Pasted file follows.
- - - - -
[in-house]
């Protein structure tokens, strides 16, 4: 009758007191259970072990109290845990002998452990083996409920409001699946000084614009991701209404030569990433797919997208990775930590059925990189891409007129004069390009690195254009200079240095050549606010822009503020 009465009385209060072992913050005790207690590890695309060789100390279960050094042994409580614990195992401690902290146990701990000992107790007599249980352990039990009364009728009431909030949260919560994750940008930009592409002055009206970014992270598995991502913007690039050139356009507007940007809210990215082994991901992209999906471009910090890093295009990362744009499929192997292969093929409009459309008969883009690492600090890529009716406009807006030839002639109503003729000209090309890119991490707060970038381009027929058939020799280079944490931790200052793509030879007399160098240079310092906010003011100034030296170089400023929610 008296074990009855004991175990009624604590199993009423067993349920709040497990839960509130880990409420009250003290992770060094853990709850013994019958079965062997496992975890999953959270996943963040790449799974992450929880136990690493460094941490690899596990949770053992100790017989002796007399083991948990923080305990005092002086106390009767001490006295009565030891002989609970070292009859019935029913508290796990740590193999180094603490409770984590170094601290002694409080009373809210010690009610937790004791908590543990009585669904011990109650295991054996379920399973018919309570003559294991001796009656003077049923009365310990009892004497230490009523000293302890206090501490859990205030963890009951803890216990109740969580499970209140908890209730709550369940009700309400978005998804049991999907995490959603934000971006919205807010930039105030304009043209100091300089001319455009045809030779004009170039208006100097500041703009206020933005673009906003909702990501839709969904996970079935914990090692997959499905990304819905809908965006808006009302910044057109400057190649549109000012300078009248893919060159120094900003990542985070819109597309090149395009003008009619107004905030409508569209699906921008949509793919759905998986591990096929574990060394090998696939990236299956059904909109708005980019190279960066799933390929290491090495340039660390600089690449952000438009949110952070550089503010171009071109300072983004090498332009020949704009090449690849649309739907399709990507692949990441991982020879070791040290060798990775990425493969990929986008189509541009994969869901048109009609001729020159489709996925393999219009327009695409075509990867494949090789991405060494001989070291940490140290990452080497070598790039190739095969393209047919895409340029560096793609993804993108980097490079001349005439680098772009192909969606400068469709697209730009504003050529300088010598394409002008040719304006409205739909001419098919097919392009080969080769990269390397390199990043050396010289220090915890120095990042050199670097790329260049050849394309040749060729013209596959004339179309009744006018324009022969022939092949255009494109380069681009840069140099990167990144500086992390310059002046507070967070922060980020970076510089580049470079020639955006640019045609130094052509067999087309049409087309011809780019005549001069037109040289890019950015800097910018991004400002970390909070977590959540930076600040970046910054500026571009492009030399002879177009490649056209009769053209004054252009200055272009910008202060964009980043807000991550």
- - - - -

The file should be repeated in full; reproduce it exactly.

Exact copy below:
[in-house]
């Protein structure tokens, strides 16, 4: 009758007191259970072990109290845990002998452990083996409920409001699946000084614009991701209404030569990433797919997208990775930590059925990189891409007129004069390009690195254009200079240095050549606010822009503020 009465009385209060072992913050005790207690590890695309060789100390279960050094042994409580614990195992401690902290146990701990000992107790007599249980352990039990009364009728009431909030949260919560994750940008930009592409002055009206970014992270598995991502913007690039050139356009507007940007809210990215082994991901992209999906471009910090890093295009990362744009499929192997292969093929409009459309008969883009690492600090890529009716406009807006030839002639109503003729000209090309890119991490707060970038381009027929058939020799280079944490931790200052793509030879007399160098240079310092906010003011100034030296170089400023929610 008296074990009855004991175990009624604590199993009423067993349920709040497990839960509130880990409420009250003290992770060094853990709850013994019958079965062997496992975890999953959270996943963040790449799974992450929880136990690493460094941490690899596990949770053992100790017989002796007399083991948990923080305990005092002086106390009767001490006295009565030891002989609970070292009859019935029913508290796990740590193999180094603490409770984590170094601290002694409080009373809210010690009610937790004791908590543990009585669904011990109650295991054996379920399973018919309570003559294991001796009656003077049923009365310990009892004497230490009523000293302890206090501490859990205030963890009951803890216990109740969580499970209140908890209730709550369940009700309400978005998804049991999907995490959603934000971006919205807010930039105030304009043209100091300089001319455009045809030779004009170039208006100097500041703009206020933005673009906003909702990501839709969904996970079935914990090692997959499905990304819905809908965006808006009302910044057109400057190649549109000012300078009248893919060159120094900003990542985070819109597309090149395009003008009619107004905030409508569209699906921008949509793919759905998986591990096929574990060394090998696939990236299956059904909109708005980019190279960066799933390929290491090495340039660390600089690449952000438009949110952070550089503010171009071109300072983004090498332009020949704009090449690849649309739907399709990507692949990441991982020879070791040290060798990775990425493969990929986008189509541009994969869901048109009609001729020159489709996925393999219009327009695409075509990867494949090789991405060494001989070291940490140290990452080497070598790039190739095969393209047919895409340029560096793609993804993108980097490079001349005439680098772009192909969606400068469709697209730009504003050529300088010598394409002008040719304006409205739909001419098919097919392009080969080769990269390397390199990043050396010289220090915890120095990042050199670097790329260049050849394309040749060729013209596959004339179309009744006018324009022969022939092949255009494109380069681009840069140099990167990144500086992390310059002046507070967070922060980020970076510089580049470079020639955006640019045609130094052509067999087309049409087309011809780019005549001069037109040289890019950015800097910018991004400002970390909070977590959540930076600040970046910054500026571009492009030399002879177009490649056209009769053209004054252009200055272009910008202060964009980043807000991550």